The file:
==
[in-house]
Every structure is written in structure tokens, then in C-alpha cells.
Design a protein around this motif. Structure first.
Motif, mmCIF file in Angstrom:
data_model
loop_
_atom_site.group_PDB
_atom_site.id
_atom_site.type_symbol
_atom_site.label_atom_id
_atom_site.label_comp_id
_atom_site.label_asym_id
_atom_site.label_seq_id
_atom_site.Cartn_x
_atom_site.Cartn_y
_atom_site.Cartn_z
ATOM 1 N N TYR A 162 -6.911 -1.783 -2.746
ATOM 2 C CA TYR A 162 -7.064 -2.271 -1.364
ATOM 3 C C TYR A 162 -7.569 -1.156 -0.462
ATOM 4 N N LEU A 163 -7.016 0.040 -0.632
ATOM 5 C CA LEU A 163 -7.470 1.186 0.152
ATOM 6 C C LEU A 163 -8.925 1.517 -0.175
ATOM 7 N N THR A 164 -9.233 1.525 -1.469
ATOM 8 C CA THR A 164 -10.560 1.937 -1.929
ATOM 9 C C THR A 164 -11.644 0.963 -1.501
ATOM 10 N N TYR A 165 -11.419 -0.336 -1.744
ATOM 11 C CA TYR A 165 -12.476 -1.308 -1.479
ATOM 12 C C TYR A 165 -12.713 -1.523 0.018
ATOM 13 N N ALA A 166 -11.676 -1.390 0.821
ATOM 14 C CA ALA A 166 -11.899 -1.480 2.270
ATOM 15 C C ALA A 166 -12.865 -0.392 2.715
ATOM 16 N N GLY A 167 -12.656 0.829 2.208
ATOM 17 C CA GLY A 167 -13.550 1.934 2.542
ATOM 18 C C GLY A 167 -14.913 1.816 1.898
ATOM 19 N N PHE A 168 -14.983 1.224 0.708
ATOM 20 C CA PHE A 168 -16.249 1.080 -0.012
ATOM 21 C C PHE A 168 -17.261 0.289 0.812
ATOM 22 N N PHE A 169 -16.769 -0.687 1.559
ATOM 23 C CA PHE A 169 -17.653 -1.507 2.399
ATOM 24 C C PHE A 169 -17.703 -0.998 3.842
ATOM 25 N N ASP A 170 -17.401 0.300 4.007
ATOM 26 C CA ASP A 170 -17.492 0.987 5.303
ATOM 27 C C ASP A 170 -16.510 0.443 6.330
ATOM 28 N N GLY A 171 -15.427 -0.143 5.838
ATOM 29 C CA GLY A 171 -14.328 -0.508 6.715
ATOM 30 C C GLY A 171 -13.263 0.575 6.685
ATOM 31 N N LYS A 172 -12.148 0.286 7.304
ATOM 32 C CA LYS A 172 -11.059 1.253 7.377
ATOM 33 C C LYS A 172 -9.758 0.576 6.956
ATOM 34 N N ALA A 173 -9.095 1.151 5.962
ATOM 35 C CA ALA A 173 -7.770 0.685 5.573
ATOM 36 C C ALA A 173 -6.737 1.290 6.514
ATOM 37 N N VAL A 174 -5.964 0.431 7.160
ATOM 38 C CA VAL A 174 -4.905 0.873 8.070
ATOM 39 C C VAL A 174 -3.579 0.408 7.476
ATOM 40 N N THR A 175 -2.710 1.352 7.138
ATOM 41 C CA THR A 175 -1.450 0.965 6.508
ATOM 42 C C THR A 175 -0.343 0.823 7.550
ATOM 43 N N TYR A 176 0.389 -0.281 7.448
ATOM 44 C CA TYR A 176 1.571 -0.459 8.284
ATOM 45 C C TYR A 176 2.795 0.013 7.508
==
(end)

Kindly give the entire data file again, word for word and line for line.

[in-house]
Every structure is written in structure tokens, then in C-alpha cells.
Design a protein around this motif. Structure first.
Motif, mmCIF file in Angstrom:
data_model
loop_
_atom_site.group_PDB
_atom_site.id
_atom_site.type_symbol
_atom_site.label_atom_id
_atom_site.label_comp_id
_atom_site.label_asym_id
_atom_site.label_seq_id
_atom_site.Cartn_x
_atom_site.Cartn_y
_atom_site.Cartn_z
ATOM 1 N N TYR A 162 -6.911 -1.783 -2.746
ATOM 2 C CA TYR A 162 -7.064 -2.271 -1.364
ATOM 3 C C TYR A 162 -7.569 -1.156 -0.462
ATOM 4 N N LEU A 163 -7.016 0.040 -0.632
ATOM 5 C CA LEU A 163 -7.470 1.186 0.152
ATOM 6 C C LEU A 163 -8.925 1.517 -0.175
ATOM 7 N N THR A 164 -9.233 1.525 -1.469
ATOM 8 C CA THR A 164 -10.560 1.937 -1.929
ATOM 9 C C THR A 164 -11.644 0.963 -1.501
ATOM 10 N N TYR A 165 -11.419 -0.336 -1.744
ATOM 11 C CA TYR A 165 -12.476 -1.308 -1.479
ATOM 12 C C TYR A 165 -12.713 -1.523 0.018
ATOM 13 N N ALA A 166 -11.676 -1.390 0.821
ATOM 14 C CA ALA A 166 -11.899 -1.480 2.270
ATOM 15 C C ALA A 166 -12.865 -0.392 2.715
ATOM 16 N N GLY A 167 -12.656 0.829 2.208
ATOM 17 C CA GLY A 167 -13.550 1.934 2.542
ATOM 18 C C GLY A 167 -14.913 1.816 1.898
ATOM 19 N N PHE A 168 -14.983 1.224 0.708
ATOM 20 C CA PHE A 168 -16.249 1.080 -0.012
ATOM 21 C C PHE A 168 -17.261 0.289 0.812
ATOM 22 N N PHE A 169 -16.769 -0.687 1.559
ATOM 23 C CA PHE A 169 -17.653 -1.507 2.399
ATOM 24 C C PHE A 169 -17.703 -0.998 3.842
ATOM 25 N N ASP A 170 -17.401 0.300 4.007
ATOM 26 C CA ASP A 170 -17.492 0.987 5.303
ATOM 27 C C ASP A 170 -16.510 0.443 6.330
ATOM 28 N N GLY A 171 -15.427 -0.143 5.838
ATOM 29 C CA GLY A 171 -14.328 -0.508 6.715
ATOM 30 C C GLY A 171 -13.263 0.575 6.685
ATOM 31 N N LYS A 172 -12.148 0.286 7.304
ATOM 32 C CA LYS A 172 -11.059 1.253 7.377
ATOM 33 C C LYS A 172 -9.758 0.576 6.956
ATOM 34 N N ALA A 173 -9.095 1.151 5.962
ATOM 35 C CA ALA A 173 -7.770 0.685 5.573
ATOM 36 C C ALA A 173 -6.737 1.290 6.514
ATOM 37 N N VAL A 174 -5.964 0.431 7.160
ATOM 38 C CA VAL A 174 -4.905 0.873 8.070
ATOM 39 C C VAL A 174 -3.579 0.408 7.476
ATOM 40 N N THR A 175 -2.710 1.352 7.138
ATOM 41 C CA THR A 175 -1.450 0.965 6.508
ATOM 42 C C THR A 175 -0.343 0.823 7.550
ATOM 43 N N TYR A 176 0.389 -0.281 7.448
ATOM 44 C CA TYR A 176 1.571 -0.459 8.284
ATOM 45 C C TYR A 176 2.795 0.013 7.508